African American Museum’s Newest Exhibit Chronicles Saga of Kansas’ Black Athletes

African American Museum’s Newest Exhibit Chronicles Saga of Kansas’ Black Athletes
BY TONY ADAME | THE WICHITA WATCH

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The conversation starts with history, and sports, and how when the two intertwine they can lead to the most dynamic types of change.

And at its heart, the Kansas African American Museum’s newest exhibit, “Undefeated: The Triumph of the the Black Kansas Athlete” is meant to start a conversation.

“I liked the idea from (museum curator) Carole Branda right away, because we really hadn’t done anything like that before,” said Mark McCormick, the museum’s executive director. “And what I liked most was the title she thought of, because historically sports, at least at the pro level, didn’t fit the definition of sports, per se. It’s not a diversion.

Original caption: 8/6/1954-Philadelphia, PA -It takes a king-size tape measure to cover the seven-foot,one-inch stature of lanky Wilt Chamberlain,17-year-old senior at Philadelphia's Overbrook High School.The youngster stars in track and field as well as basketball,and college and pro scouts are reported giving him a very busy time.Some of the feats that make people take notice of the able lad are:49 seconds for the quarter mile,two minutes for the half,and a record for the shot put.In basketball he's averaging 30 points a game. August 6, 1954 Philadelphia, Pennsylvania, USA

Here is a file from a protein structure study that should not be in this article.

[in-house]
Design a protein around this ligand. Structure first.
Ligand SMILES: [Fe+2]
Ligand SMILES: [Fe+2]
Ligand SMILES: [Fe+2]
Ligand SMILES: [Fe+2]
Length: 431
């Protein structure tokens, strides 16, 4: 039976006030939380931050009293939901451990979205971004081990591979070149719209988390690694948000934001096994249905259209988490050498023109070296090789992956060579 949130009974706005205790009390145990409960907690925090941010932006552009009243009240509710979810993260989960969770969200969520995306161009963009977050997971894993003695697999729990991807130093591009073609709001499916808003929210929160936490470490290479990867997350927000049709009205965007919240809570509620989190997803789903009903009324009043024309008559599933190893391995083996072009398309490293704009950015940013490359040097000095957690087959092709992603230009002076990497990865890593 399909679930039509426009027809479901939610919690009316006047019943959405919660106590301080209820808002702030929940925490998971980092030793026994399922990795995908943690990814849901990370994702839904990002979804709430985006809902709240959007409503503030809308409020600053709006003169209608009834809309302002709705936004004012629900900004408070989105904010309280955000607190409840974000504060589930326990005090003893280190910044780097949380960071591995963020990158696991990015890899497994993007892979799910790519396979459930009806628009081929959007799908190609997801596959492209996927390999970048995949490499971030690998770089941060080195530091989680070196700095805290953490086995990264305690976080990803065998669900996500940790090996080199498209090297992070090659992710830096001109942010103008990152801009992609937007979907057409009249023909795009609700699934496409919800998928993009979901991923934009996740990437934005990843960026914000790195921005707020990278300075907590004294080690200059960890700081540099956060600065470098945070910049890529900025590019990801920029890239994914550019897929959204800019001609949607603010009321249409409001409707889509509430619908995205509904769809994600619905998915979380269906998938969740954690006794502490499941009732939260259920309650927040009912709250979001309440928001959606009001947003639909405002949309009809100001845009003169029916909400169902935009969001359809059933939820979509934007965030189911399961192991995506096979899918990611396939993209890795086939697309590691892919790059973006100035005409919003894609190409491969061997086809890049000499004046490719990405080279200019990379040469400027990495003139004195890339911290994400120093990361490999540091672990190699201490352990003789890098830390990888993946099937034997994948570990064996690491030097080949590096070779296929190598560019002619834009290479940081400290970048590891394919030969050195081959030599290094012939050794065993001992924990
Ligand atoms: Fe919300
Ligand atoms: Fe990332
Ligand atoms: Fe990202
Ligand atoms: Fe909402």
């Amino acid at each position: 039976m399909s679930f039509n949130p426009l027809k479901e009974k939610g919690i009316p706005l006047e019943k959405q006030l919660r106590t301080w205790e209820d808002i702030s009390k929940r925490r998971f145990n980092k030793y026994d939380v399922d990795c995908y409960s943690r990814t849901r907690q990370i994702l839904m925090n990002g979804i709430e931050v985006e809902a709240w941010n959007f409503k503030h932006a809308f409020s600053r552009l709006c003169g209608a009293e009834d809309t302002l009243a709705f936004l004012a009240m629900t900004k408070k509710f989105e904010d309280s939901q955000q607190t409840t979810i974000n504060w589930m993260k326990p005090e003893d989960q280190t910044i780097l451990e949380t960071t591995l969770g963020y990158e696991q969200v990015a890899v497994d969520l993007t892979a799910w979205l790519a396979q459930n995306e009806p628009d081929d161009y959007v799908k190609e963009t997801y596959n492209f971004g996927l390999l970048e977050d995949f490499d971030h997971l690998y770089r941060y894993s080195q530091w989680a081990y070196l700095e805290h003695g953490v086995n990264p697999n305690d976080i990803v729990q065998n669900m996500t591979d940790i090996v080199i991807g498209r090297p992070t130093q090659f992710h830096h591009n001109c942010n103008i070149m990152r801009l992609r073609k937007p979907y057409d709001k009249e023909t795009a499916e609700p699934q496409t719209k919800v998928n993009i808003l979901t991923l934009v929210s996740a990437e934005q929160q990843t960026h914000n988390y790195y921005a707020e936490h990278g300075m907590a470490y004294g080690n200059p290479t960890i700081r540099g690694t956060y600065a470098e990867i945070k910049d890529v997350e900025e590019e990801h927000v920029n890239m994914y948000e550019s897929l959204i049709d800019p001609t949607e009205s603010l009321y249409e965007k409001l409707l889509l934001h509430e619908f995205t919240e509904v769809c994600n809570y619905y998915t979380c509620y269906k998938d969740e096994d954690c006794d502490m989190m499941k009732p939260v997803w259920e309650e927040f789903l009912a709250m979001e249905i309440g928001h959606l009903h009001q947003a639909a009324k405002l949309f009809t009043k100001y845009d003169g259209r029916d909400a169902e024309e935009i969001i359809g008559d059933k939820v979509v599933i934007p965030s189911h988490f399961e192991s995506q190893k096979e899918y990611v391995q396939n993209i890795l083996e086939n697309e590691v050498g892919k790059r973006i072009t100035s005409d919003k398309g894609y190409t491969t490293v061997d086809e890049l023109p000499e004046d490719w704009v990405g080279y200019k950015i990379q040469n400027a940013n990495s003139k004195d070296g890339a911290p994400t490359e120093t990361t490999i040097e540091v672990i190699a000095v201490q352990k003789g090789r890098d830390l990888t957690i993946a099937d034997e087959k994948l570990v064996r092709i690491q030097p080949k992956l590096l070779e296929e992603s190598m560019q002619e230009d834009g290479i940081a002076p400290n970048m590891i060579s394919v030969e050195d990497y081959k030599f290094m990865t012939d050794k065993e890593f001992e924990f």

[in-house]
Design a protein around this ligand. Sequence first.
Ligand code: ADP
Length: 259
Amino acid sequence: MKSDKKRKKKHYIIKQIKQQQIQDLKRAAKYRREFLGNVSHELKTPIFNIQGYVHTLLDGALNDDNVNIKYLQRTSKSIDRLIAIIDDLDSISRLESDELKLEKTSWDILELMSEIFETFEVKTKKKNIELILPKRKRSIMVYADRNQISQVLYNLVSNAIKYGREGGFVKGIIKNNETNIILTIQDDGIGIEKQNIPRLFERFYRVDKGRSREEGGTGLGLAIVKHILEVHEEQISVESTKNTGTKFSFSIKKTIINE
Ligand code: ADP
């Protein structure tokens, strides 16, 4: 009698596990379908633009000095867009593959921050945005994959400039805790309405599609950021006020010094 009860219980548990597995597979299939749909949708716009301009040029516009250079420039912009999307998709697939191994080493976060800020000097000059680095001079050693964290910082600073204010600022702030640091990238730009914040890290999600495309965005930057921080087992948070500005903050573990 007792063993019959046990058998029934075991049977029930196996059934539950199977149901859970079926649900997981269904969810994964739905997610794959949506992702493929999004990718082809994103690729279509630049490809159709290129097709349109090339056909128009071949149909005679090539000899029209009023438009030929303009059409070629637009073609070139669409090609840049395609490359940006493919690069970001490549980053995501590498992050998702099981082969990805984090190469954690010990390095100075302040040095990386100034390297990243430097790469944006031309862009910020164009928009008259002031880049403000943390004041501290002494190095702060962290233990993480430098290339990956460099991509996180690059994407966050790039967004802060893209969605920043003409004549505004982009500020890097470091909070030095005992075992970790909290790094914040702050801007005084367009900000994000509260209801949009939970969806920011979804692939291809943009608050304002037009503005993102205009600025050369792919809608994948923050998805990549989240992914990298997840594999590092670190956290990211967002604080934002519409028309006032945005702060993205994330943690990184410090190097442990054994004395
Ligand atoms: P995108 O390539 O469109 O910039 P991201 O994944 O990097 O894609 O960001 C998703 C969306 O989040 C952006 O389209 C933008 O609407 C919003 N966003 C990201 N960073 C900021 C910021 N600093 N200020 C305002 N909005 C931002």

Original caption: 8/6/1954-Philadelphia, PA -It takes a king-size tape measure to cover the seven-foot,one-inch stature of lanky Wilt Chamberlain,17-year-old senior at Philadelphia’s Overbrook High School.The youngster stars in track and field as well as basketball,and college and pro scouts are reported giving him a very busy time.Some of the feats that make people take notice of the able lad are:49 seconds for the quarter mile,two minutes for the half,and a record for the shot put.In basketball he’s averaging 30 points a game. August 6, 1954 Philadelphia, Pennsylvania, USA

“In a lot of iterations, the black athlete’s performance was a form of political speech … black athletes could say things in competition they couldn’t say, nor could African Americans cheering them on say. They could say, ‘I’m your equal … and most important, I’m fully human and you should recognize that.’”

The exhibit, which runs from Saturday through Aug. 27, chronicles 84 men and women – athletes and coaches – who helped shape that history. From Wilt Chamberlain to Barry Sanders (McCormick’s childhood friend who donated several items to the exhibit) to Lynette Woodard to long-forgotten athletes such as Solomon Butler and Isiah “Fireball” Jackson.




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